July 28, 2014

Elyria
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Elyria businessman sues over arrest in Put-in-Bay

Elyria manufacturer Bradley Ohlemacher has filed a federal lawsuit saying that he was roughed up by Put-in-Bay police officers who ordered him out of his swimming pool while responding to a noise complaint last summer.

Ohlemacher suffered a cut over his right eye, a concussion, abrasions to his arms and body and contusions and bruising to his arms, shoulders and body, according to the lawsuit.

Ohlemacher, who has homes in Rocky River and Put-in-Bay, is asking for compensatory and punitive damages as well as attorney fees and costs in excess of $75,000.

“These cops did not do what’s right, and somebody has to stop it,” Ohlemacher said Friday. “They beat me to the ground and dragged me through the bushes and handcuffed me.”

“I don’t want money; I want something to change,” said Ohlemacher, who welcomed President Barack Obama to EMC Precision Machining during the president’s trip to Elyria last January and was later invited to the White House for a bill-signing ceremony.

Ohlemacher, 48, said it cost about $10,000 to defend himself against five charges he faced after the incident. He said he also had medical costs, including an MRI.

If he prevails in the lawsuit, Ohlemacher said, “I will make sure any money I get isn’t for me.”

The lawsuit alleges that Ohlemacher was assaulted by Officers Aaron M. Crawford and/or Jeffrey A. Corwin, and he suffered physical injuries and emotional pain and suffering.

It alleges violation of his Fourth and 14th Amendment rights to be free of unreasonable warrantless entry, searches and seizure, excessive force and unlawful and/or false arrest and malicious prosecution.

The suit states that Crawford was responding to a noise complaint between 4:25 and 5 a.m. July 18 when he entered Ohlemacher’s property without his permission and ordered Ohlemacher to get out of his pool and sit on a chair.

Ohlemacher got out of the pool and sat on a rock and once seated, Crawford and/or Corwin “jumped on and tackled” him driving his face onto the concrete, according to the suit.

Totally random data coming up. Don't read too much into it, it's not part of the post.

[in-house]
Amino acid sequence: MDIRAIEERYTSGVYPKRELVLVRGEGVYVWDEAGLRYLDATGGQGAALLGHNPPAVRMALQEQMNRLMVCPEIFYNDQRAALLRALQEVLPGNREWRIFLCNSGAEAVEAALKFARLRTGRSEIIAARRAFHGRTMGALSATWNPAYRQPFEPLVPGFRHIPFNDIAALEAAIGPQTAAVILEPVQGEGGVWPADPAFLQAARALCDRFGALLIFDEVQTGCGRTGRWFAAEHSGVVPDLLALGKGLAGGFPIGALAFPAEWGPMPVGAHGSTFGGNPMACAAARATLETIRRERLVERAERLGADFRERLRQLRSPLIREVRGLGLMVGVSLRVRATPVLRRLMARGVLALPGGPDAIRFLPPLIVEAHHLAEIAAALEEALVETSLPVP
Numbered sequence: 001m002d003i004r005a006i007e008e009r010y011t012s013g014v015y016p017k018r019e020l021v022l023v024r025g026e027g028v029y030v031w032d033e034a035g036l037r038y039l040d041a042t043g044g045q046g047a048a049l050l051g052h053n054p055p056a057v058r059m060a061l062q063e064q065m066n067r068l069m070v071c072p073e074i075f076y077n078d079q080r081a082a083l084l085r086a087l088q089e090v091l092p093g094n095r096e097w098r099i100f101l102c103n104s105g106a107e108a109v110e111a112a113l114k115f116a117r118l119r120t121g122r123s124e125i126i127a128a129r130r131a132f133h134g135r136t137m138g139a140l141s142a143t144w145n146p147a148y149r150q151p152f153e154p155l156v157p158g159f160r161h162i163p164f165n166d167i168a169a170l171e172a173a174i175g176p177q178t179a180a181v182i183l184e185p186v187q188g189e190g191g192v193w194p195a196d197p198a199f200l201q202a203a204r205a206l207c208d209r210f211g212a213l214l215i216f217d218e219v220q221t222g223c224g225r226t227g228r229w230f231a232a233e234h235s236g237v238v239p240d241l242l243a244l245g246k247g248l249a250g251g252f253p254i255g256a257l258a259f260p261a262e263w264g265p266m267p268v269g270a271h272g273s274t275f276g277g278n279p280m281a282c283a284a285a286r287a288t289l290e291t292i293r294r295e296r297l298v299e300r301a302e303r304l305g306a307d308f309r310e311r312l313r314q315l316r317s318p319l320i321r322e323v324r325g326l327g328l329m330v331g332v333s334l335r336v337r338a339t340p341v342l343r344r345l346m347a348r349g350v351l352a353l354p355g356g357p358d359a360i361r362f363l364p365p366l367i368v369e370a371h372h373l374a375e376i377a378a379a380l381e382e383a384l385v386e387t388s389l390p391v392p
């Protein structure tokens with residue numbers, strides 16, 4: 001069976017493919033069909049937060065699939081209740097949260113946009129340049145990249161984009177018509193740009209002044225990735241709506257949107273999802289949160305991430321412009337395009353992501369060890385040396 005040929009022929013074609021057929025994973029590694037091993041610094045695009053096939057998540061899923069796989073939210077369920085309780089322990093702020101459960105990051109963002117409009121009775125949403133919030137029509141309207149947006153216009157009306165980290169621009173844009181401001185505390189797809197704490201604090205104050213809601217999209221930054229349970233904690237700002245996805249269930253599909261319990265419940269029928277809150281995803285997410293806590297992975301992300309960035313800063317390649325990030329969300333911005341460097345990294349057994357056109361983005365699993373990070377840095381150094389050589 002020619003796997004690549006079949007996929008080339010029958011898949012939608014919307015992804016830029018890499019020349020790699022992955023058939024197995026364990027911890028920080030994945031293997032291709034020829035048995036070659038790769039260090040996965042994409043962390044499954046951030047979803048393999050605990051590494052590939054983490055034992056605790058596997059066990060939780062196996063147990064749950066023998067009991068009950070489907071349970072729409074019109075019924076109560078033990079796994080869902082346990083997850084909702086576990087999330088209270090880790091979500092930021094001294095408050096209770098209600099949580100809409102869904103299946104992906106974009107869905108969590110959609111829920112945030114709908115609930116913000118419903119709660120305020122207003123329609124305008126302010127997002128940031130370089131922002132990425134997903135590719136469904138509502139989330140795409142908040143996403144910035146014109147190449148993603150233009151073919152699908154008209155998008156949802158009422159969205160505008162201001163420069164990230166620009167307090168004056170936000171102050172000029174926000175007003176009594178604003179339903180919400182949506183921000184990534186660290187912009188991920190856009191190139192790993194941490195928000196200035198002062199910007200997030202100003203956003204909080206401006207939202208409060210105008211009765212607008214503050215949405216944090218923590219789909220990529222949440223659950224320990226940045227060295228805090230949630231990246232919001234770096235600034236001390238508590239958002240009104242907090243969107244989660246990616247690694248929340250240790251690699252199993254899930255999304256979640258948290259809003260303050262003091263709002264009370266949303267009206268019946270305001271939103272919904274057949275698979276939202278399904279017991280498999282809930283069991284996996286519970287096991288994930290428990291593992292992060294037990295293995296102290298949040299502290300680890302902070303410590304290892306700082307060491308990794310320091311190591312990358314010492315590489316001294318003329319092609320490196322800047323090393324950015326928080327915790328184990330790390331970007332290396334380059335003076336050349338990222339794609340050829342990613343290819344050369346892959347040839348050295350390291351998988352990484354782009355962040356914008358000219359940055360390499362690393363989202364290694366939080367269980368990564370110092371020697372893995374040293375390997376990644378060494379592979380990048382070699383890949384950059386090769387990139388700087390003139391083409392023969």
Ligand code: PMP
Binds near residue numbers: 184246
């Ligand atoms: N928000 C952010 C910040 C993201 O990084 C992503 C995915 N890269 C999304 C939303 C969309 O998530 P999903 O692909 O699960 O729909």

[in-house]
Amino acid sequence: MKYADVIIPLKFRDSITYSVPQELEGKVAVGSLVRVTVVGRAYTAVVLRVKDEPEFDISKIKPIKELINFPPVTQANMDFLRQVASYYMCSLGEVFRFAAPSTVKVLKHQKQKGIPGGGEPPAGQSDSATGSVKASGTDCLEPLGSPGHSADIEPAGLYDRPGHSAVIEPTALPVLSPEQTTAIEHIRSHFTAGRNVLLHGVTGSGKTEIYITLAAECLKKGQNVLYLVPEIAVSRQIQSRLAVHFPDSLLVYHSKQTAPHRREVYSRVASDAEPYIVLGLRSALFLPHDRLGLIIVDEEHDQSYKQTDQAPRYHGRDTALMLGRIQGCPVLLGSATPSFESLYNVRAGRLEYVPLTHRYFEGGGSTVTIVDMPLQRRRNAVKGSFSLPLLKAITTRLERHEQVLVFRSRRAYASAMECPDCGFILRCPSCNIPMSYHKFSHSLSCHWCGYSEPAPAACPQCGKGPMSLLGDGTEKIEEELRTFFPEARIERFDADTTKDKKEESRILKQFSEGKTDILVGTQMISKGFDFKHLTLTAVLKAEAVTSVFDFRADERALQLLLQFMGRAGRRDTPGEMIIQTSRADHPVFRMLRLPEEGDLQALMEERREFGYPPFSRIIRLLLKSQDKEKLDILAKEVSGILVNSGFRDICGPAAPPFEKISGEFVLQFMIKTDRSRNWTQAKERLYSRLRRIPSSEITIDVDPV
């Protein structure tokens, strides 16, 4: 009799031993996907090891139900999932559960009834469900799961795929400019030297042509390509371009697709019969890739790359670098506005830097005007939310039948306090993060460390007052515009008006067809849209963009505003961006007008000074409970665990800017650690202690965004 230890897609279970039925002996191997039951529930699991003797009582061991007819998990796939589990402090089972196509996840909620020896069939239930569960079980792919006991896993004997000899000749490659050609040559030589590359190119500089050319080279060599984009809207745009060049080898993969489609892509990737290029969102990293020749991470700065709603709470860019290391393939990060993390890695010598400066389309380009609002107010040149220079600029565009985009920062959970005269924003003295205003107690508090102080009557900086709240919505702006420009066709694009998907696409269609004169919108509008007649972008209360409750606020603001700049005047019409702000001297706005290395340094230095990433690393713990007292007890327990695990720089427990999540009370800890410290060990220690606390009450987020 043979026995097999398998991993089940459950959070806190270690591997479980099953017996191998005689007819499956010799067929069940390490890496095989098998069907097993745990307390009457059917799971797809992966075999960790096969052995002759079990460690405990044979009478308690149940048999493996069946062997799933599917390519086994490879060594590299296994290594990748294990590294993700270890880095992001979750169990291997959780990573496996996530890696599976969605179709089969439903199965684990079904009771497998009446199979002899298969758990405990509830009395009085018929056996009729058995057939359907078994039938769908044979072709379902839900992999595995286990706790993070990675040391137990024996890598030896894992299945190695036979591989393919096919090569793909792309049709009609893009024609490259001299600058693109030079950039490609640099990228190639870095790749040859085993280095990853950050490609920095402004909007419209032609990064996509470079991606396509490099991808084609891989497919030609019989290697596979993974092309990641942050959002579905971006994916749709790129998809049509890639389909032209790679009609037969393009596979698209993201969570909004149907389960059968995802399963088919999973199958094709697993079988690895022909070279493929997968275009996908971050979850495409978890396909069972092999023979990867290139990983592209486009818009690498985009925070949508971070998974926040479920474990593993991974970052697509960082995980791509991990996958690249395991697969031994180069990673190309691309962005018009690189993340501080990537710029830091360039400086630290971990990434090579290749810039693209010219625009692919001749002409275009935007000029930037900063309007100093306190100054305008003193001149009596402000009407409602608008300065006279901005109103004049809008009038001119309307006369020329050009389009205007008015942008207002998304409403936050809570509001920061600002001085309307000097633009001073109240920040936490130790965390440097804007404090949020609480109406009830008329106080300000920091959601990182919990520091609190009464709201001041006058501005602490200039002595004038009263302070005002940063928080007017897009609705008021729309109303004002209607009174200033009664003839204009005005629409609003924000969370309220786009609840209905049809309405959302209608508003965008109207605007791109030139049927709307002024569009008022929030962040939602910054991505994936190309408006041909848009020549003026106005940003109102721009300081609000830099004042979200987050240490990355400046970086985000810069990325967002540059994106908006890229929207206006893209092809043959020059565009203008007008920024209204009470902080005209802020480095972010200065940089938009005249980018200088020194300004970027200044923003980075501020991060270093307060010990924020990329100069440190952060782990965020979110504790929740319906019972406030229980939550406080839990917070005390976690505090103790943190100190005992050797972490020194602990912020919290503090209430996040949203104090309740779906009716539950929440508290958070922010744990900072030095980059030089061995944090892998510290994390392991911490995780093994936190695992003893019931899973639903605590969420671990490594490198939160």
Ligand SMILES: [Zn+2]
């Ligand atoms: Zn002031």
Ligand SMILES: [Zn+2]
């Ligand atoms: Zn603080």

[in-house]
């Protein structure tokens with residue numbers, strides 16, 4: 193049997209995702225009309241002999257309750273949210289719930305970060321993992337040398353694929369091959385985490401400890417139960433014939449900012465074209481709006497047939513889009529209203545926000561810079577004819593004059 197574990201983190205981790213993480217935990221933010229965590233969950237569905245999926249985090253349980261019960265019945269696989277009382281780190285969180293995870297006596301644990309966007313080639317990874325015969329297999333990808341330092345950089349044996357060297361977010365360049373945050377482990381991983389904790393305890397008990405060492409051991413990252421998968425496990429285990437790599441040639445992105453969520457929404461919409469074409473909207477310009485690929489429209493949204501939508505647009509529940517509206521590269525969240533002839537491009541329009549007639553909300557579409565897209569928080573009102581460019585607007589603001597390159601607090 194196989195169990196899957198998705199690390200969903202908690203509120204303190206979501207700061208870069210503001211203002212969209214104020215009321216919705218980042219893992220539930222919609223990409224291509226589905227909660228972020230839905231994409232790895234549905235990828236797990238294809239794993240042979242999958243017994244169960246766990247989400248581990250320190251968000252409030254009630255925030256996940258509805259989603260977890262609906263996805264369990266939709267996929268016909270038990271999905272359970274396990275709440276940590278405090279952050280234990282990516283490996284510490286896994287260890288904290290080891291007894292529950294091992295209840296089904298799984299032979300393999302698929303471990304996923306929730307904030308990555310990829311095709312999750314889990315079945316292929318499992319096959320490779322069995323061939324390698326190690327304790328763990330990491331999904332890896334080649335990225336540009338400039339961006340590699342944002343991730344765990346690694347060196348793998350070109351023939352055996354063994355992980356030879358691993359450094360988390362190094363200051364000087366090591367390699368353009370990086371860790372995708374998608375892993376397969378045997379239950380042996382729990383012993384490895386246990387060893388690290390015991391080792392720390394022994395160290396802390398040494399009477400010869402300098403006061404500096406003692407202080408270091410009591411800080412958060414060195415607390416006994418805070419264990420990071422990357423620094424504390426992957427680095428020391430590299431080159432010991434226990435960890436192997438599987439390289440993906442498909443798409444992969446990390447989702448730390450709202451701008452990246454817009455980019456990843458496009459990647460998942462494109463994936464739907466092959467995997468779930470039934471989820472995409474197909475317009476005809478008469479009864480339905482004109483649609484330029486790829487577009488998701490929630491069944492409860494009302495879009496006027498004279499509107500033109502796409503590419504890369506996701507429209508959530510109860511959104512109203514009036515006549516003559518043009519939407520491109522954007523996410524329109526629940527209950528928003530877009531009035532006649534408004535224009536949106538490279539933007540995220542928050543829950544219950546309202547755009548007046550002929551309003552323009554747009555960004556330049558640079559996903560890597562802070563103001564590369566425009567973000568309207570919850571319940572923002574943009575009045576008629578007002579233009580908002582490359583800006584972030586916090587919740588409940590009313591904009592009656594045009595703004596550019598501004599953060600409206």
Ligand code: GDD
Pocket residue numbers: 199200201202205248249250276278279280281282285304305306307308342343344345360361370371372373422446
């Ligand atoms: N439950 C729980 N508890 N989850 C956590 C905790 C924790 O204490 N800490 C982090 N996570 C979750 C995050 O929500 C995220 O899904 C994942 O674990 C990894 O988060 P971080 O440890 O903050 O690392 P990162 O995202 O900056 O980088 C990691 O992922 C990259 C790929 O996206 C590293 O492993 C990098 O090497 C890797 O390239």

Crawford and/or Corwin struck him “in his back, shoulders, and body several times, dragged him through the landscaping adjacent to the swimming pool” and handcuffed him, the suit stated.

Neither Crawford nor Corwin returned phone calls on Friday. Crawford is still on the police roster but has not worked at the department for some time, a dispatcher said.

Put-in-Bay Police Chief Robert D. Lampela, who also was named in the suit, did not return a phone call.

A police report stated that Ohlemacher swore at officers and that officers pulled him from the pool to the patio “due to safety concerns about the proximity to the pool.”

It stated that Ohlemacher injured himself at the police station by “violently jerking his head” and hitting it against the wall.

A supplemental report by Corwin stated that he grabbed Ohlemacher’s left arm while Crawford grabbed the right and Ohlemacher “started resisting by jerking his arms away in a violent manner” and that he stated “I’m gonna (expletive) sue your (expletives.)”

Put-in-Bay Mayor Judy Berry also did not return a phone call.

Charges of resisting arrest, criminal mischief and disorderly conduct/intoxication were dismissed against Ohlemacher in January, and he was acquitted of disorderly conduct in April, according to the suit filed Wednesday in U.S. District Court in Toledo.

Ohlemacher said he complained to Berry in hopes she would take action.

“She saw the injuries a week later and said she understands the issues, and nothing has happened as a result,” he said.

Ohlemacher said several people at his home witnessed the incident, which left him “shocked and angry” and sitting in jail for hours in his bathing suit without the ability to make a phone call.

Before the disorderly conduct charge went to trial, Ohlemacher said a prosecutor asked him if he was going to sue.

Ohlemacher said he could have paid $64 to resolve the disorderly conduct charge, but he wanted to be acquitted of the charge and a magistrate did acquit him.

Ohlemacher acknowledged drinking that night, but he asked, “If you’re not allowed to drink on your property, where are you allowed to drink?”

He did acknowledge swearing at police. Ohlemacher said police were within their rights to respond to a noise complaint, but “the problem is what they did after that.”

He said Crawford told him, “Get out of the pool or I will arrest you for a felony.”

He said he got out of the pool and told Crawford and Corwin that he would “sit over here” on the rock.

“As soon as I said that, (Crawford) said, ‘Take him!’ and that’s when I was tackled,” Ohlemacher said.

He said a number of people, including a rescue worker, have told him that physical confrontations between police and members of the public in Put-in-Bay are not uncommon.

Contact Cindy Leise at 329-7245 or cleise@chroniclet.com.